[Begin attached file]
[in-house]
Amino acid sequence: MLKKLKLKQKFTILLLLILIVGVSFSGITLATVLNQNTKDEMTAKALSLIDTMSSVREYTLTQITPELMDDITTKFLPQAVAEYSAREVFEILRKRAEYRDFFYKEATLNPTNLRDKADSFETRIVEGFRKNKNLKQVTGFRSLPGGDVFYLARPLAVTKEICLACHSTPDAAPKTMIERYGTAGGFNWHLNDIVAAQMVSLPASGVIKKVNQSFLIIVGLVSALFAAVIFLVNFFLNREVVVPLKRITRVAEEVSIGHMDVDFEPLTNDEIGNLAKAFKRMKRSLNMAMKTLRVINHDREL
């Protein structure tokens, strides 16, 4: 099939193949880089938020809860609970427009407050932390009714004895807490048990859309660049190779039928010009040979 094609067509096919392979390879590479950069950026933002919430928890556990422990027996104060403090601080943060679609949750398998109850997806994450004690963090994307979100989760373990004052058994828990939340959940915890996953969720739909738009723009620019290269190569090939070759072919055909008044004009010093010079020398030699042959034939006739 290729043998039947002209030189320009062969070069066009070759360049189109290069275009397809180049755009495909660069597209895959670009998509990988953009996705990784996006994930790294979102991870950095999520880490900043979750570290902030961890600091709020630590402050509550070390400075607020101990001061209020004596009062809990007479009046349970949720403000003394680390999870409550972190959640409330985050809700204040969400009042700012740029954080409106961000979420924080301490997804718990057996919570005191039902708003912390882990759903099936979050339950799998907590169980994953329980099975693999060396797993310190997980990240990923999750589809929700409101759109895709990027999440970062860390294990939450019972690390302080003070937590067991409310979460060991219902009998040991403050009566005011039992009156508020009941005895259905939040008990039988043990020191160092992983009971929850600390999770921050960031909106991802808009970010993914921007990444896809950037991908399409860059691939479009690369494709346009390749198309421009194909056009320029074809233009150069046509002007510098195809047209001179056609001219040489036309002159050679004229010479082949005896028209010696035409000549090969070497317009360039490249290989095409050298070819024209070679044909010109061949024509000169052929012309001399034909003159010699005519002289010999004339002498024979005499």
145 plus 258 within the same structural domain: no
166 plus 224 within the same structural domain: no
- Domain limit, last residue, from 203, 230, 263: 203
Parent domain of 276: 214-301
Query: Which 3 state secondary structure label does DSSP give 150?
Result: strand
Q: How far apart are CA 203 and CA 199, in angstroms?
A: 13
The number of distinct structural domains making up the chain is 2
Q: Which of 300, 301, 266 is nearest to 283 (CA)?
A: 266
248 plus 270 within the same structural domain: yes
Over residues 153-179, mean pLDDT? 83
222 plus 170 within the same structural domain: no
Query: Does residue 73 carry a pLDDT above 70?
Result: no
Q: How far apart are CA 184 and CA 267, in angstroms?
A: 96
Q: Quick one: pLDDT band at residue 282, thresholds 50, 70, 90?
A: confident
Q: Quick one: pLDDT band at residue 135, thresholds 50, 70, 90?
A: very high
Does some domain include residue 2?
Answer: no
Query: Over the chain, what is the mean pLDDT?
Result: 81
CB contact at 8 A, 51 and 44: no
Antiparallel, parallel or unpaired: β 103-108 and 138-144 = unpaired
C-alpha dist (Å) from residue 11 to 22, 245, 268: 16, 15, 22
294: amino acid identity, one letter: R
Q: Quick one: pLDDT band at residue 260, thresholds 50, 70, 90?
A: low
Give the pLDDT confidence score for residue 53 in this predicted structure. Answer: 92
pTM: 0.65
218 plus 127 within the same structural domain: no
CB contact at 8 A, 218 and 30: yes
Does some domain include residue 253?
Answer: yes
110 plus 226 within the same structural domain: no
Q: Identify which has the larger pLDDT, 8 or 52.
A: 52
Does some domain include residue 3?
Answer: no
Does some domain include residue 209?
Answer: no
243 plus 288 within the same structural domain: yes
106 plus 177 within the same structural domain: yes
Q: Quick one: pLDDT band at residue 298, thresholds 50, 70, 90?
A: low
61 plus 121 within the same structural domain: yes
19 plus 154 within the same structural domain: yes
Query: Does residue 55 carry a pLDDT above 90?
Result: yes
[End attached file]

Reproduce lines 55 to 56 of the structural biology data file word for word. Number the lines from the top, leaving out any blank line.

Query: Does residue 55 carry a pLDDT above 90?
Result: yes